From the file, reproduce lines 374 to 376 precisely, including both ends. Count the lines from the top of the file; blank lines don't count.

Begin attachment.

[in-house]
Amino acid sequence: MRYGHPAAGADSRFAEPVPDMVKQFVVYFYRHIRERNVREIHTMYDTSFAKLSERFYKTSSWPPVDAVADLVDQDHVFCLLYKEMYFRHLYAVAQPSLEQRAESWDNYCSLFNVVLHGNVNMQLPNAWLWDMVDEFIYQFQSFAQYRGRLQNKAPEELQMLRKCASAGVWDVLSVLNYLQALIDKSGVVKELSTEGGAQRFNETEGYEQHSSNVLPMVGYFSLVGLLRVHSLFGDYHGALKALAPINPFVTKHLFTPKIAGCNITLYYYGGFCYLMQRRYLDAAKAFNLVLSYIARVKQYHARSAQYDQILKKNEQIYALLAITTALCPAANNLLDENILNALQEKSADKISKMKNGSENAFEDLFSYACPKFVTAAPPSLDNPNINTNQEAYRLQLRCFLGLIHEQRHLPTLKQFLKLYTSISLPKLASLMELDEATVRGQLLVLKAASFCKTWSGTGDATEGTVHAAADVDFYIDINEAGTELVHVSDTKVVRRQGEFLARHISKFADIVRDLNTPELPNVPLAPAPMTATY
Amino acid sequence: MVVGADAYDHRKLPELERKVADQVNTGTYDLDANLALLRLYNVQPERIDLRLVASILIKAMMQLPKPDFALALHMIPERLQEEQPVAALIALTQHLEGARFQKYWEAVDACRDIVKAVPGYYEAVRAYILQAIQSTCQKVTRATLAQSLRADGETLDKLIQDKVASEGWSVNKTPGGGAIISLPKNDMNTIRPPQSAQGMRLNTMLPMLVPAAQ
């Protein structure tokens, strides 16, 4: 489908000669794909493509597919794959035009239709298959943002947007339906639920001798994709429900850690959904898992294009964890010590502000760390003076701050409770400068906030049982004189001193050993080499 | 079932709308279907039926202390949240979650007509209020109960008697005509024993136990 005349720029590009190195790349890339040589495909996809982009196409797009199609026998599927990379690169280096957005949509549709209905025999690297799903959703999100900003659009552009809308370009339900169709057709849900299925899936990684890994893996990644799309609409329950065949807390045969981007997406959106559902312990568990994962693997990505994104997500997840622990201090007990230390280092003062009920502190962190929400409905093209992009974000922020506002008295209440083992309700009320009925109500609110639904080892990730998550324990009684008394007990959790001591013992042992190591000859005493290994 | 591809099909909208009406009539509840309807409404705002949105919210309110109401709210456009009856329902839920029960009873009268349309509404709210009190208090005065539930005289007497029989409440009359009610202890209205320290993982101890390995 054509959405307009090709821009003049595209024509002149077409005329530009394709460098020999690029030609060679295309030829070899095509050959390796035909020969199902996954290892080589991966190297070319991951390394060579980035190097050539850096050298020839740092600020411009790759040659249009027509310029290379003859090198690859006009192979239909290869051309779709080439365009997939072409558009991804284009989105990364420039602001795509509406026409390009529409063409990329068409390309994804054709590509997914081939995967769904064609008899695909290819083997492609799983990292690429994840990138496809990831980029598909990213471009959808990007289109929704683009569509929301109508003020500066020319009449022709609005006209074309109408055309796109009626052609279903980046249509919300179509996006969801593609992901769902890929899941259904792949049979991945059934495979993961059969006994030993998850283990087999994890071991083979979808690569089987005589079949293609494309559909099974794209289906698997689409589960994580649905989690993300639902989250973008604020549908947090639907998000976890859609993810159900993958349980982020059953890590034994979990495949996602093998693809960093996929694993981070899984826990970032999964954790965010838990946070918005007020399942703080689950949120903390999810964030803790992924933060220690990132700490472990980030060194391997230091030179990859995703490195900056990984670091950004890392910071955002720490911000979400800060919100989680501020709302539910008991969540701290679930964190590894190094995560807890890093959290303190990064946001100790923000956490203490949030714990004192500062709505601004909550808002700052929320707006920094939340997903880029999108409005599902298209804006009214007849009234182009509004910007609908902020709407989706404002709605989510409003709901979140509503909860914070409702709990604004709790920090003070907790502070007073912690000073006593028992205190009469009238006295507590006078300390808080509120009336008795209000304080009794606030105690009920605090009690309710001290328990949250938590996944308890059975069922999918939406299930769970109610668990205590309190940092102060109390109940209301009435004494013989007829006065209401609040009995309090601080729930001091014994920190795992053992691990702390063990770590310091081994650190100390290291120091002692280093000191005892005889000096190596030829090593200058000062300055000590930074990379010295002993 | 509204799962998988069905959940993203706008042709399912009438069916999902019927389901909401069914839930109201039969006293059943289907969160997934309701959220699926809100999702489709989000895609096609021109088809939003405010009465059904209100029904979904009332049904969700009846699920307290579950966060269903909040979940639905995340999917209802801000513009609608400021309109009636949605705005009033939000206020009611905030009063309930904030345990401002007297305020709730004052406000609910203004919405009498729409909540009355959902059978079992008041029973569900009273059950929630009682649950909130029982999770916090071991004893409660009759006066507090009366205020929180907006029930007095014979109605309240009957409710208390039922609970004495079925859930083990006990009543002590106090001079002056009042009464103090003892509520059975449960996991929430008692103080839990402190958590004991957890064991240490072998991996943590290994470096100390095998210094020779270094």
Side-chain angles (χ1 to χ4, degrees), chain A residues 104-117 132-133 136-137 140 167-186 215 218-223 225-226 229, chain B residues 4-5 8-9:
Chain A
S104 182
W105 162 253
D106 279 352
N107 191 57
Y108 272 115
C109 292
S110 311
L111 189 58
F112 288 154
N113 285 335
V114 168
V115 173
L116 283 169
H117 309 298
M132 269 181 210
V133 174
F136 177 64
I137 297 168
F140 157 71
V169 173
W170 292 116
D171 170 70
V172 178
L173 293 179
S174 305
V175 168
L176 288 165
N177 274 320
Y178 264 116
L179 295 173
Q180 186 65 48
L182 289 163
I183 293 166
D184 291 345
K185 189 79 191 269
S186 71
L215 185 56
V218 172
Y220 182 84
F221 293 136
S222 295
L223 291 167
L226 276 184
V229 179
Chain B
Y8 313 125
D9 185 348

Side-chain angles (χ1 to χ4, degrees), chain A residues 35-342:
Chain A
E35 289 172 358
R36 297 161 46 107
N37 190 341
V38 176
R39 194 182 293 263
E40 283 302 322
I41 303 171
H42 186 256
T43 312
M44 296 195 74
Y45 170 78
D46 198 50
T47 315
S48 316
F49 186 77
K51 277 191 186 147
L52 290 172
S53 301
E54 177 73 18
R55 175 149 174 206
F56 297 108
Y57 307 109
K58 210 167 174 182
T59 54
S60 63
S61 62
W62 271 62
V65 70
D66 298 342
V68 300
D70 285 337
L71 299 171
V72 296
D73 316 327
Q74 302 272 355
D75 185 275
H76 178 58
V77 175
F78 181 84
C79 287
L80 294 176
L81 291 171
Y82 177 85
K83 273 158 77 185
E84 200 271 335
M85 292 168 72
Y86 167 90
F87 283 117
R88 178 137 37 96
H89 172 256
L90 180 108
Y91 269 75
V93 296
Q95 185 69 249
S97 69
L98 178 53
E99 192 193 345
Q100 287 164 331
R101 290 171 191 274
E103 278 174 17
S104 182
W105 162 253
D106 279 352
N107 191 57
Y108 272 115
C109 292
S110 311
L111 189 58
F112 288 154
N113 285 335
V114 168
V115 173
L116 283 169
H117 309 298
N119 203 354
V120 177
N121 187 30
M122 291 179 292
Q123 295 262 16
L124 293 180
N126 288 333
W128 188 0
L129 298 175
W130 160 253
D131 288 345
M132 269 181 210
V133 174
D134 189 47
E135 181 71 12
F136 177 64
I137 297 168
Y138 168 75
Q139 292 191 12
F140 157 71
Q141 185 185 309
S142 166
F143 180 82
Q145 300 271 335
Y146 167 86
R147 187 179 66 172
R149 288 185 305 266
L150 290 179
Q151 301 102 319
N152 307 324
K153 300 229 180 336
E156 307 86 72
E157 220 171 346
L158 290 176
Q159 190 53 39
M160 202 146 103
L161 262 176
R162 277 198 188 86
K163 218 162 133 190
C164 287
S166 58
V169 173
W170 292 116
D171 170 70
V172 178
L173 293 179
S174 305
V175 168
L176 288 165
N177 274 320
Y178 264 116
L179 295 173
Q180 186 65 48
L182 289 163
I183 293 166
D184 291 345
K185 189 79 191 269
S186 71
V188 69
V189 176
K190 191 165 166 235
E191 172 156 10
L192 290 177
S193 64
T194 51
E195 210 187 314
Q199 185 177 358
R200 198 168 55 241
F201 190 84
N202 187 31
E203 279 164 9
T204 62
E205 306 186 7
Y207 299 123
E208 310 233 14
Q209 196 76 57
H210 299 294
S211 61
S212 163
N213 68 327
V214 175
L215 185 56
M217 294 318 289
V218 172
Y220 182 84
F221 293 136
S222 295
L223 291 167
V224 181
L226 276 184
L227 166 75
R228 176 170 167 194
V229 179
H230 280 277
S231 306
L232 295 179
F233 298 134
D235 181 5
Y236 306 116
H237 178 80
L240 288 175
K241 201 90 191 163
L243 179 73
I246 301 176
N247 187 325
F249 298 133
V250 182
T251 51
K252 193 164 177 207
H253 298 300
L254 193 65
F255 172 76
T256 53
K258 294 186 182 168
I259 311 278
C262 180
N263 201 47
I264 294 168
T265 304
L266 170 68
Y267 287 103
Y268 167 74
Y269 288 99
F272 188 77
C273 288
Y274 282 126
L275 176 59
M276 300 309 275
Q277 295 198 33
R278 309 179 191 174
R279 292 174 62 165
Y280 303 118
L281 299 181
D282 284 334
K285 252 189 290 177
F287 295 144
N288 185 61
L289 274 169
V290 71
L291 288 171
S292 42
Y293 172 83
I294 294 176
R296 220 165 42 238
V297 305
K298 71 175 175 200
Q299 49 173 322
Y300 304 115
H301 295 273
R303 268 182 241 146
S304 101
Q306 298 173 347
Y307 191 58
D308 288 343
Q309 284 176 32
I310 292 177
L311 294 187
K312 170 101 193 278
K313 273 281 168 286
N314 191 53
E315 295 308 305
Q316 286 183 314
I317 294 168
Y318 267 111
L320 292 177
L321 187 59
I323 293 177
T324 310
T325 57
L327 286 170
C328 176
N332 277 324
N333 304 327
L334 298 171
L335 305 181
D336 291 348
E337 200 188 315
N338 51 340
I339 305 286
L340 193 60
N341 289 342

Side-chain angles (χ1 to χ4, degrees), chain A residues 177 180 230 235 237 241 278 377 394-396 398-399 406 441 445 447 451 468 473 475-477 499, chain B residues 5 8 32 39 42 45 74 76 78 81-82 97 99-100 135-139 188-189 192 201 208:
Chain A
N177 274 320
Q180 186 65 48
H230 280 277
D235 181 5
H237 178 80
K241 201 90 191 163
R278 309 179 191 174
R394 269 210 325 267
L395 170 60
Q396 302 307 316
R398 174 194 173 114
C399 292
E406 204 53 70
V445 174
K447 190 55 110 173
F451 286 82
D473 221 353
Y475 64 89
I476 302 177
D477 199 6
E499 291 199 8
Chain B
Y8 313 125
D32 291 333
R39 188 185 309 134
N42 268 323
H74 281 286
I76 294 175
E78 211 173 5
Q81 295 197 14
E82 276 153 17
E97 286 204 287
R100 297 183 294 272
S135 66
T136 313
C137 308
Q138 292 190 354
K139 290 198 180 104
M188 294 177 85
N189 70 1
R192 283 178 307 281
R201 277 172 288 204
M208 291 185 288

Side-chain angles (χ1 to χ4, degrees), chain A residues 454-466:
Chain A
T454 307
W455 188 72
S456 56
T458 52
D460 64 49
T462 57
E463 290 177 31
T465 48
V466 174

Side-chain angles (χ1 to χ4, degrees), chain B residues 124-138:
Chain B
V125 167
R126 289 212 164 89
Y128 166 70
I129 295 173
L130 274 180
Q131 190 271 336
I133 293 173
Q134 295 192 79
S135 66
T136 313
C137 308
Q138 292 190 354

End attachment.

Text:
Q131 190 271 336
I133 293 173
Q134 295 192 79